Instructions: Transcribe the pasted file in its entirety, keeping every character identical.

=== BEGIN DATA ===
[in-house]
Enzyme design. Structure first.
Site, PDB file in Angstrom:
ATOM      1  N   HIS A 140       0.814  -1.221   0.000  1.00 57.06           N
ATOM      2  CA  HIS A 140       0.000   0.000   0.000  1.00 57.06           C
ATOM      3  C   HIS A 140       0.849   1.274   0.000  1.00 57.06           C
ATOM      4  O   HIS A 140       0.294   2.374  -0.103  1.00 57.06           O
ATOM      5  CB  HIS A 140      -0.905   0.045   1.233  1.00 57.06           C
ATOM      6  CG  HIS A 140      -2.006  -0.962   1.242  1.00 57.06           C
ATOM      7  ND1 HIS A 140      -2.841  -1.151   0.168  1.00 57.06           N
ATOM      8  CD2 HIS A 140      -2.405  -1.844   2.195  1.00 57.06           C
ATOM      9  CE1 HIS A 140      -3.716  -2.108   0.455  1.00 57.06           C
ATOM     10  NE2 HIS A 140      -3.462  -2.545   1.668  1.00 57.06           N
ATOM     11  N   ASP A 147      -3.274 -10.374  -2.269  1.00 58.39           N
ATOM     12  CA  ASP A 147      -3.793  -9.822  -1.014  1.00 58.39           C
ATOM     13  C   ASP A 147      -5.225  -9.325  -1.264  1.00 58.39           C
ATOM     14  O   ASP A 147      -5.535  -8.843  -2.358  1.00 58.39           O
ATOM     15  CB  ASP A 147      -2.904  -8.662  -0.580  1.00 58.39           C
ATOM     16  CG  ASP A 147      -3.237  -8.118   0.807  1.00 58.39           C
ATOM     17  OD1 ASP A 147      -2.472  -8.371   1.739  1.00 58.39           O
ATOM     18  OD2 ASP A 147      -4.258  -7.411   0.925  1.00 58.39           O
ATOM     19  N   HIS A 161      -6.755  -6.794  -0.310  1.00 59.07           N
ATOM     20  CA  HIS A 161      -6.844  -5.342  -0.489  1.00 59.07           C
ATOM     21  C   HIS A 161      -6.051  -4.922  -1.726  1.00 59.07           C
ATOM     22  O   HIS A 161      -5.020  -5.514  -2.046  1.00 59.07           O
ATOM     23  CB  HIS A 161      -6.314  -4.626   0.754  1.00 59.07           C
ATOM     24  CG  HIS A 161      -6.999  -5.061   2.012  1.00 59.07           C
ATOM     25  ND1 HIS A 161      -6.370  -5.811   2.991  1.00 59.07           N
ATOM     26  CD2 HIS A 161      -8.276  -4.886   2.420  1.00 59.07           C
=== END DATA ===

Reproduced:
[in-house]
Enzyme design. Structure first.
Site, PDB file in Angstrom:
ATOM      1  N   HIS A 140       0.814  -1.221   0.000  1.00 57.06           N
ATOM      2  CA  HIS A 140       0.000   0.000   0.000  1.00 57.06           C
ATOM      3  C   HIS A 140       0.849   1.274   0.000  1.00 57.06           C
ATOM      4  O   HIS A 140       0.294   2.374  -0.103  1.00 57.06           O
ATOM      5  CB  HIS A 140      -0.905   0.045   1.233  1.00 57.06           C
ATOM      6  CG  HIS A 140      -2.006  -0.962   1.242  1.00 57.06           C
ATOM      7  ND1 HIS A 140      -2.841  -1.151   0.168  1.00 57.06           N
ATOM      8  CD2 HIS A 140      -2.405  -1.844   2.195  1.00 57.06           C
ATOM      9  CE1 HIS A 140      -3.716  -2.108   0.455  1.00 57.06           C
ATOM     10  NE2 HIS A 140      -3.462  -2.545   1.668  1.00 57.06           N
ATOM     11  N   ASP A 147      -3.274 -10.374  -2.269  1.00 58.39           N
ATOM     12  CA  ASP A 147      -3.793  -9.822  -1.014  1.00 58.39           C
ATOM     13  C   ASP A 147      -5.225  -9.325  -1.264  1.00 58.39           C
ATOM     14  O   ASP A 147      -5.535  -8.843  -2.358  1.00 58.39           O
ATOM     15  CB  ASP A 147      -2.904  -8.662  -0.580  1.00 58.39           C
ATOM     16  CG  ASP A 147      -3.237  -8.118   0.807  1.00 58.39           C
ATOM     17  OD1 ASP A 147      -2.472  -8.371   1.739  1.00 58.39           O
ATOM     18  OD2 ASP A 147      -4.258  -7.411   0.925  1.00 58.39           O
ATOM     19  N   HIS A 161      -6.755  -6.794  -0.310  1.00 59.07           N
ATOM     20  CA  HIS A 161      -6.844  -5.342  -0.489  1.00 59.07           C
ATOM     21  C   HIS A 161      -6.051  -4.922  -1.726  1.00 59.07           C
ATOM     22  O   HIS A 161      -5.020  -5.514  -2.046  1.00 59.07           O
ATOM     23  CB  HIS A 161      -6.314  -4.626   0.754  1.00 59.07           C
ATOM     24  CG  HIS A 161      -6.999  -5.061   2.012  1.00 59.07           C
ATOM     25  ND1 HIS A 161      -6.370  -5.811   2.991  1.00 59.07           N
ATOM     26  CD2 HIS A 161      -8.276  -4.886   2.420  1.00 59.07           C